AC/DC power supply performance and international efficiency standards

July 21, 2015 //By Paul Buckley
AC/DC power supply performance and international efficiency standards
This article discusses  the implications of  new efficiency standards on the power supply controller, how they affect the output voltage integrity and the latest design techniques used to improve performance without adding unnecessary cost or complexity.

New design techniques With the increasing restrictiveness of international power supply efficiency standards, power supply controllers are being pushed to their cost-performance limits.  Meeting these new standards while keeping performance high and cost low, has forced the market to move to disruptive new technologies.  now enable AC/DC converters to achieve the stringent DC efficiency requirements without sacrificing AC performance, in particular, load transient response.

International Power Supply Efficiency Standards

The US Department of Energy’s AC/DC external power supply efficiency standards enacted in 2007 established a strict combination of no-load power consumption and average efficiency at loads from 25% to 100% of rated load current.  The European Union also has enacted similar standards, as have other countries throughout the world, although the DoE’s standards are the strictest mandatory standards.  The DoE released an updated external power supply standard in February 2014, further restricting efficiency and no-load power consumption in off-line power supplies.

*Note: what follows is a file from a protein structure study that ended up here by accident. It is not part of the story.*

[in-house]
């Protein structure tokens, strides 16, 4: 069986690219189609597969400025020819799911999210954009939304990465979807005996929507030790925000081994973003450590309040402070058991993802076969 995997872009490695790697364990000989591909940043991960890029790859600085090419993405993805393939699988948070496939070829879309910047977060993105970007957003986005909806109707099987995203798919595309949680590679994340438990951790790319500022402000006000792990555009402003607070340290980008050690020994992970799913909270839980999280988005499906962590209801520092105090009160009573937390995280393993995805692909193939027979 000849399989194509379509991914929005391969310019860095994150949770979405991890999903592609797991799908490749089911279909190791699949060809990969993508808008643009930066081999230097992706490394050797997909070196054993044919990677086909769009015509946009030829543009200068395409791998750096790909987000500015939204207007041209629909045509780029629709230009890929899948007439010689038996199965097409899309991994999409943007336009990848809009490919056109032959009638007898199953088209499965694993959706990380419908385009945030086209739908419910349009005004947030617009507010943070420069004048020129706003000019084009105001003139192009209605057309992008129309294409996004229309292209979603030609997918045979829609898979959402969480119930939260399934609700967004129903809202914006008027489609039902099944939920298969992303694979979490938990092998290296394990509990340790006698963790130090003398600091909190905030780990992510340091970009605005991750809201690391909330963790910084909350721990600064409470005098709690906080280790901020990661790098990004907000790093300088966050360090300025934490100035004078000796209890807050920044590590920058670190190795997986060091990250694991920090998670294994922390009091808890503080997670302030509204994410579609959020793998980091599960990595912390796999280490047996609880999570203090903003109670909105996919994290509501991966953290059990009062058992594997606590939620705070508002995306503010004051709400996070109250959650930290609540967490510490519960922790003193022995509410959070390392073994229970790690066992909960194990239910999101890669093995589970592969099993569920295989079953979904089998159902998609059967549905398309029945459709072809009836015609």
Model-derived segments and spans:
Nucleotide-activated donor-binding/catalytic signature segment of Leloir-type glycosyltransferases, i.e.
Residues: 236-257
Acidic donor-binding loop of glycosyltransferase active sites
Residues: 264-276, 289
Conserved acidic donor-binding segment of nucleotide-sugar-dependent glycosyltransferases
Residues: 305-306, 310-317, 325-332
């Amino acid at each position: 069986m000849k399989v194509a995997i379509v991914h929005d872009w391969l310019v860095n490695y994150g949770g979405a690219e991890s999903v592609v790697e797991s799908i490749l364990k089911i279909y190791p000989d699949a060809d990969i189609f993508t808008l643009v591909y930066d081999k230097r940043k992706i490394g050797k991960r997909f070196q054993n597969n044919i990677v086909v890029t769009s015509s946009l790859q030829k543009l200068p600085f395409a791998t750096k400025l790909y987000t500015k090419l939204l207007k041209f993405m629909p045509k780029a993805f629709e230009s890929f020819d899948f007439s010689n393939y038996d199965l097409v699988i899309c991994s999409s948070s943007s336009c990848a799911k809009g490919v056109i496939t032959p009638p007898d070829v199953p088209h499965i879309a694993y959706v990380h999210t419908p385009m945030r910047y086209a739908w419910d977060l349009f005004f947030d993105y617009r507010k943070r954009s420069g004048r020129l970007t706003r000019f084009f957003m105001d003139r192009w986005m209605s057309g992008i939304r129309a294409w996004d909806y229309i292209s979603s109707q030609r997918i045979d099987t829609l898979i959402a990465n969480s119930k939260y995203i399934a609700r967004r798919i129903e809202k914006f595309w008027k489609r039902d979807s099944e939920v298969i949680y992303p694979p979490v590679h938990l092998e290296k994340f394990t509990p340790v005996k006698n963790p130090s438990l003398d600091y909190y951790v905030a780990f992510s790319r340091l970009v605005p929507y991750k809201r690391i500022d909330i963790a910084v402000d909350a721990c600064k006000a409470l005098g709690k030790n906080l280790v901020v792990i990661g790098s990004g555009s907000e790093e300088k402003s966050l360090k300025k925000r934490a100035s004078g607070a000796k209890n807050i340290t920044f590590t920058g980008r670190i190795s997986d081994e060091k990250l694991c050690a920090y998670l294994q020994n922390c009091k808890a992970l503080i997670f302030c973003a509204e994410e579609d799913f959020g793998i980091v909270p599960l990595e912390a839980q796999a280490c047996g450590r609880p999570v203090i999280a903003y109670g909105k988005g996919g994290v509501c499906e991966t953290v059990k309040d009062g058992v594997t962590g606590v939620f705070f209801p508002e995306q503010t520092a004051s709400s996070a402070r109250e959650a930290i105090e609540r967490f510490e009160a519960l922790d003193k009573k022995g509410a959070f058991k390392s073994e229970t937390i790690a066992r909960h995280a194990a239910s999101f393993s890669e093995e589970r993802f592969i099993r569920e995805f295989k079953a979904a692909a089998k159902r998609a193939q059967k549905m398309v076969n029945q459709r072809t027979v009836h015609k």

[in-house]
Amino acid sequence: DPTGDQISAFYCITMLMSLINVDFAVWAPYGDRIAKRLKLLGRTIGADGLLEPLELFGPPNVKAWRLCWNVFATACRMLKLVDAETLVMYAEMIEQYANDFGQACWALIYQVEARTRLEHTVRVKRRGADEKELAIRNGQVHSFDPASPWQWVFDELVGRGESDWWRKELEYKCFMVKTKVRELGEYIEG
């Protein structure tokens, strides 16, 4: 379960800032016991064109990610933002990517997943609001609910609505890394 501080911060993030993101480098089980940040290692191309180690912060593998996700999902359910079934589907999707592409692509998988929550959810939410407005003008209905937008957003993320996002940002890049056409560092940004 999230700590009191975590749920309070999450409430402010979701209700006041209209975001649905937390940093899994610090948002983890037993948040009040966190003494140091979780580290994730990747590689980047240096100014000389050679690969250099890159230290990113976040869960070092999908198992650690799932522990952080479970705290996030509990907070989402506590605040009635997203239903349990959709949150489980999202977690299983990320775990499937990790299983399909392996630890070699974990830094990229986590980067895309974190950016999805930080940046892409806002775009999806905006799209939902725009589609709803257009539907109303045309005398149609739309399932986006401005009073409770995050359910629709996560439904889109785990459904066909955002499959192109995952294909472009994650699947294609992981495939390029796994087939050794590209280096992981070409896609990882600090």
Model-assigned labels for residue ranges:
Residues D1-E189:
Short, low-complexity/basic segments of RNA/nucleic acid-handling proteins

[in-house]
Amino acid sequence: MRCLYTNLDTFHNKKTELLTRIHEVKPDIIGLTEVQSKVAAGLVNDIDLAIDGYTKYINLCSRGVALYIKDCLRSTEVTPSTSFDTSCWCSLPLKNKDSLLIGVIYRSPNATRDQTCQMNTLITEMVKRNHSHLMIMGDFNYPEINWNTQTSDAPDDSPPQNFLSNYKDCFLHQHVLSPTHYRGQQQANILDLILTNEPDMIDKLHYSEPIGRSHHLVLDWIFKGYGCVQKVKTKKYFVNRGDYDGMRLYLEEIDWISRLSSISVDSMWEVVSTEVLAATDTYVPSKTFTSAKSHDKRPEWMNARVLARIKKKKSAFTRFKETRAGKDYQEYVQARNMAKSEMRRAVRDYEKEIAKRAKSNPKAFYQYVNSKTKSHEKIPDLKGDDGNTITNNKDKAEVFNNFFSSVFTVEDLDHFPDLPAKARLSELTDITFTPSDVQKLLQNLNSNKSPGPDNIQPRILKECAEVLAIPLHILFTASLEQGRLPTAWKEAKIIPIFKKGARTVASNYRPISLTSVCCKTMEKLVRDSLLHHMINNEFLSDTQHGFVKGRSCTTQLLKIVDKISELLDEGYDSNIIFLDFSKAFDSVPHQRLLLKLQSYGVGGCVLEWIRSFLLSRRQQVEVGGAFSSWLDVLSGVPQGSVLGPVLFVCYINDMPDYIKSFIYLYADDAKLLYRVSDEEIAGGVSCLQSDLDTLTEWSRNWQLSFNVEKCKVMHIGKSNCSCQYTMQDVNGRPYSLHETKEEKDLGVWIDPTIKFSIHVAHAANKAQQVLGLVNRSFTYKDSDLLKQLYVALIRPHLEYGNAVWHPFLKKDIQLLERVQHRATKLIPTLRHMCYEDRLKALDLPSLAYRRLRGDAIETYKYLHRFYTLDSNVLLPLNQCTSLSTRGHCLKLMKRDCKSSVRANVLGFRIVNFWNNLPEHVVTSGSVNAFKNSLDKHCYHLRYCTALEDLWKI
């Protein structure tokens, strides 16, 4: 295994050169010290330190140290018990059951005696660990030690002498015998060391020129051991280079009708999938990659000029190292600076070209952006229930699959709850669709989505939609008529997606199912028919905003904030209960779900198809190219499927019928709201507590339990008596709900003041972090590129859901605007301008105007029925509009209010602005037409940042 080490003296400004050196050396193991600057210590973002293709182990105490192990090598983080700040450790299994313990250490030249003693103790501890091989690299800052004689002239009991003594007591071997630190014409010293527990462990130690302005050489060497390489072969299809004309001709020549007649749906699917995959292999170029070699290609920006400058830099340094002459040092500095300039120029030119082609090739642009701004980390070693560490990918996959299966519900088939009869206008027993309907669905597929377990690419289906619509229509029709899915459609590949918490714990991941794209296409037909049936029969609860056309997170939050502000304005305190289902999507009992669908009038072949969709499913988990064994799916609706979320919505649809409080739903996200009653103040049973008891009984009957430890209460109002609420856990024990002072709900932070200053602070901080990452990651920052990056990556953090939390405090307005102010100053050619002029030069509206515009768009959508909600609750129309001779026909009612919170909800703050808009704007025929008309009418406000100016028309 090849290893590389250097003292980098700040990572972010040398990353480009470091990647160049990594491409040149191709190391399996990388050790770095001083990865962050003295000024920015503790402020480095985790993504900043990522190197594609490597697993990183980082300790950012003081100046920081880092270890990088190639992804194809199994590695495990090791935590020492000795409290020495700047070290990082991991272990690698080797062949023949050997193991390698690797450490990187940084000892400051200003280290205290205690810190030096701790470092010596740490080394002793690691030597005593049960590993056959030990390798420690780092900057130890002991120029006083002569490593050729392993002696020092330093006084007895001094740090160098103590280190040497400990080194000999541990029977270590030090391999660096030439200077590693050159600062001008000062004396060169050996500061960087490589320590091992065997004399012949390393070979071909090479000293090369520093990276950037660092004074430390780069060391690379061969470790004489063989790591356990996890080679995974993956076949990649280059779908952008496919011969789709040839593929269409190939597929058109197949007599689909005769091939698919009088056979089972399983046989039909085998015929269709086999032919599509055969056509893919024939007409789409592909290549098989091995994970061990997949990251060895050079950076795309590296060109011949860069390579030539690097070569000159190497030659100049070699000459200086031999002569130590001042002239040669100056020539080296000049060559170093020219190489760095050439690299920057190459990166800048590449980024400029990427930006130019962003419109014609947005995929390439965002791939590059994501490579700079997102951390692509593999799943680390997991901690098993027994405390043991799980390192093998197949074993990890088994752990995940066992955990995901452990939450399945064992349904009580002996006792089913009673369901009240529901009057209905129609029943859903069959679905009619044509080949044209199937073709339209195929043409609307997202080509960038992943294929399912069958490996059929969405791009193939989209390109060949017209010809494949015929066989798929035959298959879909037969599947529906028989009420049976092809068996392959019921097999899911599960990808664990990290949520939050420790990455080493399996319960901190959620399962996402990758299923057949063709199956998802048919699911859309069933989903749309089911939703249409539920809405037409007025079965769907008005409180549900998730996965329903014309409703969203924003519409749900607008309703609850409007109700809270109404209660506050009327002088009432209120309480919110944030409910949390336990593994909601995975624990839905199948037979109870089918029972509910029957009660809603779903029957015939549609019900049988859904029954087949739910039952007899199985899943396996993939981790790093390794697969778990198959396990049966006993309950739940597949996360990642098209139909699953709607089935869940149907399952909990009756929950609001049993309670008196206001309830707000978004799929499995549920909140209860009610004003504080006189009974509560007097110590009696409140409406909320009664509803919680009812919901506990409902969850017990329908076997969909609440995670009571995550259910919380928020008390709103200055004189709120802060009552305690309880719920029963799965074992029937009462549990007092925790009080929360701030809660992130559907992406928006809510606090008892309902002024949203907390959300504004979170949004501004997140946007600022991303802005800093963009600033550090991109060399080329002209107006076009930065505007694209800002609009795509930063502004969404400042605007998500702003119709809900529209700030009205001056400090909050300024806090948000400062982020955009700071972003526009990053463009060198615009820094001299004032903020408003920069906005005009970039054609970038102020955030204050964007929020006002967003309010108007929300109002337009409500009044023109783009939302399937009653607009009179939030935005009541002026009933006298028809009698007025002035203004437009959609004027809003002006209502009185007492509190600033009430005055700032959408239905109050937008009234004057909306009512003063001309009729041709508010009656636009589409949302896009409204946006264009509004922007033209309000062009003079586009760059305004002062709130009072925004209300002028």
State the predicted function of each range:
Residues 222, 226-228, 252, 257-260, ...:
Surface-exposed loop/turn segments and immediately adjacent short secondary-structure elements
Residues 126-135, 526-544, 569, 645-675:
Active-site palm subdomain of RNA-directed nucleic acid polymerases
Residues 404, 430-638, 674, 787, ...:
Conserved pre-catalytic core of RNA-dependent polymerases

By limiting the maximum power consumption of a power supply when operating at no-load, the standard forces power supply manufacturers to reduce the amount of current drawn from the mains input during no-load operation.  Starving a control circuit of current during standby saves energy, but it also hinders the power supply’s ability to transition quickly from no load to full load, a feature that we remarkably take for granted in our always-on, consumer electronics driven world.

Load Transient Response - Large Signal Response and Operating Current

Load transient response time directly impacts the quality of the output voltage; faster response time helps reduce the deviation from the regulated output voltage without having to use excessive amounts of output capacitance, and slower response time does the opposite.  With low power consumption controllers, the response time tends to be slower, forcing the power supply to depend upon the external components to take care of the output current changes.  Load transient response is, in reality, a measure of the large signal response

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